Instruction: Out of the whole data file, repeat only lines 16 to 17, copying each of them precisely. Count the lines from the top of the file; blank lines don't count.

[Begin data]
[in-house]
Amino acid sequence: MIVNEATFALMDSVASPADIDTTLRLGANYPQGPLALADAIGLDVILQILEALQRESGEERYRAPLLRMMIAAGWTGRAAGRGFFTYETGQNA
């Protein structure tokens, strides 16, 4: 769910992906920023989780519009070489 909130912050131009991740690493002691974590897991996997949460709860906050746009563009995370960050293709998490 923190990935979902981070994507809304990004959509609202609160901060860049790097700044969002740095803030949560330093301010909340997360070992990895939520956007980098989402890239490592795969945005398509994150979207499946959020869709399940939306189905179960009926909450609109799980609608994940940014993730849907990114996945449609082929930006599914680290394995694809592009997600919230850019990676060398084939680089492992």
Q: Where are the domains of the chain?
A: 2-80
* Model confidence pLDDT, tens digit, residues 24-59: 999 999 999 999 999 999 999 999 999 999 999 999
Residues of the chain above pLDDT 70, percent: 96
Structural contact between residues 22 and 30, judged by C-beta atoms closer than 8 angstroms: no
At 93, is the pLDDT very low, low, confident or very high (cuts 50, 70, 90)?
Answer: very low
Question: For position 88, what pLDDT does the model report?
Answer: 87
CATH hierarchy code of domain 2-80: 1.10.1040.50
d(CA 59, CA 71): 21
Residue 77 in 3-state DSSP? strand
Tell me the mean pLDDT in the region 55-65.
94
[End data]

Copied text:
Tell me the mean pLDDT in the region 55-65.
94